The telecom industry continues to face headwinds in terms of revenue generation and profitability, although a slow recovery is on the anvil. Tepid cash flow generation against elevated debt levels has been a concern for the industry for some years and the recent fund raising by telcos has assuaged this only temporarily. Given this environment, 5G spectrum auctions along with the network capex required for service roll-out will likely exert further pressure on the industry and the same has the potential to disrupt the recovery process. The lack of established content and use cases, as well as the uncertainty around the capability of Indian subscribers to pay a premium for such services, further strengthens the case for telcos to avoid aggressive participation in 5G auctions at this juncture.
Recent trends indicate green shoots for the industry in the form of ARPU stabilisation; however, pricing recovery is expected to remain modest in the near term. Further, 2019-20 has witnessed some degree of deleveraging and some plans are on the anvil, which are expected to lead to a reduction in debt from Rs 4.75 trillion as of March 2019 to Rs 4 trillion as of March 2020. However, without firm visibility on cash flow recovery, this is only a temporary relief. That said, the debt coverage indicators continue to remain weak. In such a scenario, 5G spectrum purchase at high prices, followed by capex for network roll-out will add to the challenges of the industry.
The Telecom Regulatory Authority of India had come up with its recommendations for the auction of more than 8,000 MHz of spectrum across all the existing bands – 800 MHz, 900 MHz, 1800 MHz, 2100 MHz, 2300 MHz and 2500 MHz, along with the 700 MHz band, which went unsold in the October 2016 auction – and a new band, 3300-3600 MHz. At the reserve price, the valuation of the spectrum is Rs 4.93 trillion. Such a high valuation is on account of high reserve prices set for the 5G bands, although prices for the 700 MHz band have been revised downwards since the October 2016 auction.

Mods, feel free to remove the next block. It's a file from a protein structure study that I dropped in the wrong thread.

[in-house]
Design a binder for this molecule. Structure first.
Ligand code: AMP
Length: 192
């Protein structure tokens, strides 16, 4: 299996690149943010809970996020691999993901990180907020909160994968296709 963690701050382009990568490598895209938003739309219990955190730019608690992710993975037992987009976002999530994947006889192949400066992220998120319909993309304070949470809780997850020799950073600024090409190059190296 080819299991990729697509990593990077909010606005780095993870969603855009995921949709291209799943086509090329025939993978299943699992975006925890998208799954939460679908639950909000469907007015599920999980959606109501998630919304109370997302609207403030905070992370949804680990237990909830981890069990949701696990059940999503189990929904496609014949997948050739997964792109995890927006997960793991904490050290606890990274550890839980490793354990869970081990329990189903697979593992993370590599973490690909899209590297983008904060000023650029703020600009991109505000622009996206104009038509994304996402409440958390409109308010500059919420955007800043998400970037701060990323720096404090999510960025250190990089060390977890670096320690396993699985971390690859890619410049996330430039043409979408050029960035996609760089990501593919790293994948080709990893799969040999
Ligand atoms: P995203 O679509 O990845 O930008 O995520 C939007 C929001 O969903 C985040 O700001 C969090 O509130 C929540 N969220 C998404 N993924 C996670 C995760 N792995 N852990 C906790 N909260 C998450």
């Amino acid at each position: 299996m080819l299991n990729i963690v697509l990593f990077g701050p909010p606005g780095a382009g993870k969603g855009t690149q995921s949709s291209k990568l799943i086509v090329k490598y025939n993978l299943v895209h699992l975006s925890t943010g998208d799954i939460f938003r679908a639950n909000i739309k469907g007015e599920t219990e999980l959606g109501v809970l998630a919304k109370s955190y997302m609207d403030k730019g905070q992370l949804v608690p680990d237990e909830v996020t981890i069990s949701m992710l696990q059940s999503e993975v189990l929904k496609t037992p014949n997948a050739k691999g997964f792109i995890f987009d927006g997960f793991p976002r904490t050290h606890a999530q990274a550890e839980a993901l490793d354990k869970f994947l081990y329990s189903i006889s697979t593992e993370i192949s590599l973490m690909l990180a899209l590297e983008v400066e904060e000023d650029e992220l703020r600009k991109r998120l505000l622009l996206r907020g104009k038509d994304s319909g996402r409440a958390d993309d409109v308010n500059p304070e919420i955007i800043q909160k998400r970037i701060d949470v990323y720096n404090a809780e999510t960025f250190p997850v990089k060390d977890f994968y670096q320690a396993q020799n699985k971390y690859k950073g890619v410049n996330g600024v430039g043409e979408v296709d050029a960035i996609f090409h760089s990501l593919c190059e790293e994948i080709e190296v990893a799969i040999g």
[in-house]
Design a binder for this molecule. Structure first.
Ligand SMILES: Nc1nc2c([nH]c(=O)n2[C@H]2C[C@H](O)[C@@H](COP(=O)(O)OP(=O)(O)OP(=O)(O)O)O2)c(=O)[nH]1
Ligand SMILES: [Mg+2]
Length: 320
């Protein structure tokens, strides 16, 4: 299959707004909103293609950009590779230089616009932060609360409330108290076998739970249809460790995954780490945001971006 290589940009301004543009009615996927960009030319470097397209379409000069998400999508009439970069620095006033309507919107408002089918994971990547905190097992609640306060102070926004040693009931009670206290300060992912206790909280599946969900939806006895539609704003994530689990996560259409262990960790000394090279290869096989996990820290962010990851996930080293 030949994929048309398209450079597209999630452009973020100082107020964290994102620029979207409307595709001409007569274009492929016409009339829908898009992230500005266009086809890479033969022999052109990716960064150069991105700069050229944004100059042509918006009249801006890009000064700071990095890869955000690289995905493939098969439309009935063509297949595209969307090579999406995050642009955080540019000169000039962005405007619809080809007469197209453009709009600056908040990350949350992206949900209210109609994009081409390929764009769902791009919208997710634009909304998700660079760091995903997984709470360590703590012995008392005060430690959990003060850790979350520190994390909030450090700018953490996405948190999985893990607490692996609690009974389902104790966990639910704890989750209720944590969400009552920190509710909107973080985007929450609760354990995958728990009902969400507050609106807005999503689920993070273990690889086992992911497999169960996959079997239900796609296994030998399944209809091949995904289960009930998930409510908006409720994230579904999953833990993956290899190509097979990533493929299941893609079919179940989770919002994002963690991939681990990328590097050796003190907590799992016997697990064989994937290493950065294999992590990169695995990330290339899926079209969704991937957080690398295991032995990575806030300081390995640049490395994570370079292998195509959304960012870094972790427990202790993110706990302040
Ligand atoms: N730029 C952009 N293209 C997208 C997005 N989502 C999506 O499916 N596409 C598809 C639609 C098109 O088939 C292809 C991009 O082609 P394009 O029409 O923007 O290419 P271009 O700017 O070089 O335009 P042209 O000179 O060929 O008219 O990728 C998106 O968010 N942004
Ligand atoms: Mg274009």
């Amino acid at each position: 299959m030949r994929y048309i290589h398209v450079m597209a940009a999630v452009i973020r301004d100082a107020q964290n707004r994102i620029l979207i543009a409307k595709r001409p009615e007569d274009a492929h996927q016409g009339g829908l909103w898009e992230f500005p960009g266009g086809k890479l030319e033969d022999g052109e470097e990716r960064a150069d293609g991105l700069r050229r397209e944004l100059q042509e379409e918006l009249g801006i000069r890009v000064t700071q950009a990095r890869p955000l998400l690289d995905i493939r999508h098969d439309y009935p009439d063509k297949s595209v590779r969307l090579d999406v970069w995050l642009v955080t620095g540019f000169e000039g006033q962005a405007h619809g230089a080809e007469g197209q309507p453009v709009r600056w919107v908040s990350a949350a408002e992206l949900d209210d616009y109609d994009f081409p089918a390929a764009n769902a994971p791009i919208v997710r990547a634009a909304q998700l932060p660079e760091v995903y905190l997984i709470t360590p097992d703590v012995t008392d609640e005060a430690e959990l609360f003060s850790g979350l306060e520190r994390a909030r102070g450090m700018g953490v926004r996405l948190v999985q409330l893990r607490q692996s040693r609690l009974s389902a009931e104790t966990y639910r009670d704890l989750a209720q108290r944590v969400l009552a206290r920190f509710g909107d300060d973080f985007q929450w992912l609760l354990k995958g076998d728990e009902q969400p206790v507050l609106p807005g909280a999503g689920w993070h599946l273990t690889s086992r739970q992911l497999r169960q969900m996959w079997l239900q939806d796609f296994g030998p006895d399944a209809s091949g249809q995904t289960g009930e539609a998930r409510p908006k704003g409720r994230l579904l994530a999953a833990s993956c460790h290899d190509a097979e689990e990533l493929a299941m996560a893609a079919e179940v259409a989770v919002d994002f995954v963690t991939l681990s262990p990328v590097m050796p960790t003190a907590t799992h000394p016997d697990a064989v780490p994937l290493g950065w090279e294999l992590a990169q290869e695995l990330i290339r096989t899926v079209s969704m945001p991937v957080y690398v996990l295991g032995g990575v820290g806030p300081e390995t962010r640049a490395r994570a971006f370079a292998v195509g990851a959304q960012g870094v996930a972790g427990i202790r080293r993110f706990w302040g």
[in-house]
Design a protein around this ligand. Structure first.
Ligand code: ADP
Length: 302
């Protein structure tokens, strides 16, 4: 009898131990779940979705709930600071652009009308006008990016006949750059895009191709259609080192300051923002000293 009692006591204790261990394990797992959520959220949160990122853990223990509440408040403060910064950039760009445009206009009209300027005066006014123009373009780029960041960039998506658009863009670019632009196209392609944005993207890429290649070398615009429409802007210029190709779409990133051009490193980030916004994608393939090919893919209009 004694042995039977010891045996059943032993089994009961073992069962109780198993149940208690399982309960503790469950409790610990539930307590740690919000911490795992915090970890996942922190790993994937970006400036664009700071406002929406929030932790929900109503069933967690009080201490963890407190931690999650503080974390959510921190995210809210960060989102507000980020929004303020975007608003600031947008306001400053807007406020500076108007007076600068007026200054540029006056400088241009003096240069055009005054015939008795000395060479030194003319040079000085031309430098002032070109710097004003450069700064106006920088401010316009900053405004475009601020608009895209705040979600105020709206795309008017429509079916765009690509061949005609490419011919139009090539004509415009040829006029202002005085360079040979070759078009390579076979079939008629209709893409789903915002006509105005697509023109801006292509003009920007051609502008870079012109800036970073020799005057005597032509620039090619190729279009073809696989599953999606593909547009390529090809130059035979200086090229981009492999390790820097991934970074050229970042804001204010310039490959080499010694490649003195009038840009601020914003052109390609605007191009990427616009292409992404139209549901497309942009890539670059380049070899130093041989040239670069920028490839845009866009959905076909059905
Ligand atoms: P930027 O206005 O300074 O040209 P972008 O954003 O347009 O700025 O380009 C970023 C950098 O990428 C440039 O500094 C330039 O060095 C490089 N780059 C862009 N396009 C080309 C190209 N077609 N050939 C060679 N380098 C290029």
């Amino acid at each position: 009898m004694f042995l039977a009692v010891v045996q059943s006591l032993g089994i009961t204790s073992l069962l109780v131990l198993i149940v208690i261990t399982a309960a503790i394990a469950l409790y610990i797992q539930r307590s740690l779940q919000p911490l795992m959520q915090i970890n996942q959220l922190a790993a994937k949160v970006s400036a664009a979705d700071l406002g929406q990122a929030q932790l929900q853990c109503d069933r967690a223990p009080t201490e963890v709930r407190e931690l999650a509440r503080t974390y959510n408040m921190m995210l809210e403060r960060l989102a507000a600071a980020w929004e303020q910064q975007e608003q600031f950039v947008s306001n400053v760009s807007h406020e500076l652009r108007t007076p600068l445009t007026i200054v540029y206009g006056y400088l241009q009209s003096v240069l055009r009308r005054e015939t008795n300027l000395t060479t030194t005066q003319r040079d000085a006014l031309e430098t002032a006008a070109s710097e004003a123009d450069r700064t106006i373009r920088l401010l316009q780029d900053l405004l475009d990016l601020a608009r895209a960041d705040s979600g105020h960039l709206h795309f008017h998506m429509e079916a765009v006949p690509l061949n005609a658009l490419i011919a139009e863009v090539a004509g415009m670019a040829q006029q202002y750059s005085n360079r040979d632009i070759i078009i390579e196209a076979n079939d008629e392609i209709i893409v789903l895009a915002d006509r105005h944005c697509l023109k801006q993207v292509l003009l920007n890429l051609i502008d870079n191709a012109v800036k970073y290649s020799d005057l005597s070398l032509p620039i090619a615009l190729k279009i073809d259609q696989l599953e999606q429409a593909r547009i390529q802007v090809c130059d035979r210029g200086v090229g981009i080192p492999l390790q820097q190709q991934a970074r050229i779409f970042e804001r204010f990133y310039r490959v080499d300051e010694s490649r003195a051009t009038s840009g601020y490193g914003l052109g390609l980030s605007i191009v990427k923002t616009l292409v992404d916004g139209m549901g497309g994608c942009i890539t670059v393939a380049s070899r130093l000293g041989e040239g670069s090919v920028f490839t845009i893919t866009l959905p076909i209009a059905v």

The roll-out of 5G services is expected to entail heavy capex and a turnaround of the existing infrastructure, including new equipment, fibre deployment and higher number of towers. Data consumption is expected to continue to grow with more applications emerging around 5G. The speeds, volumes and applications would require the upgradation of networks from traditional microwave backhaul or copper-based cell sites to fibre as that is more reliable and has the capacity to carry huge amounts of data at high speeds.
India lags behind other countries in terms of fibre deployment with only 22 per cent of towers being fiberised vis-à-vis 80 per cent in China. To meet the growing demand for data and address the complexities with regard to the density of population, the fibre network will have to be expanded significantly. However, the telecom industry, which is reeling under the pressures of sizeable debt, low profit generation and intense competition, will find it challenging to incur such capex.
Furthermore, 5G is much beyond higher speeds. It is based on content, and applications such as internet of things, machine-to-machine communication, smart cities and smart homes. While globally some countries have concluded 5G spectrum auctions and telcos have started rolling out 5G services, adequate commercial content development is lacking; in the absence of this, it will be difficult for telcos to extract a sizeable premium from customers for such services.
The device ecosystem around 5G is still at nascent stages and the equipment is expensive for both telcos as well as subscribers. 5G involves good quality content and services, but, as of now, the applications around these are not fully developed even globally. Thus, in India, subscribers are not expected to pay a premium only for higher speeds, especially at a time when ARPUs for even basic voice and data services are at low levels. Also, the industry has still not been able to generate adequate returns from 4G services.
A natural progression for the industry would be to have the ability to escalate the tariffs for the existing relatively basic services before being able to command the pricing for 5G applications commensurate with the level of investments required. Furthermore, auctions are now a well entrenched means for leasing spectrum, which reduces the urgency for telcos to participate if the pricing is high. Thus, there is a case for telcos to wait for the development of the 5G ecosystem before participating in auctions.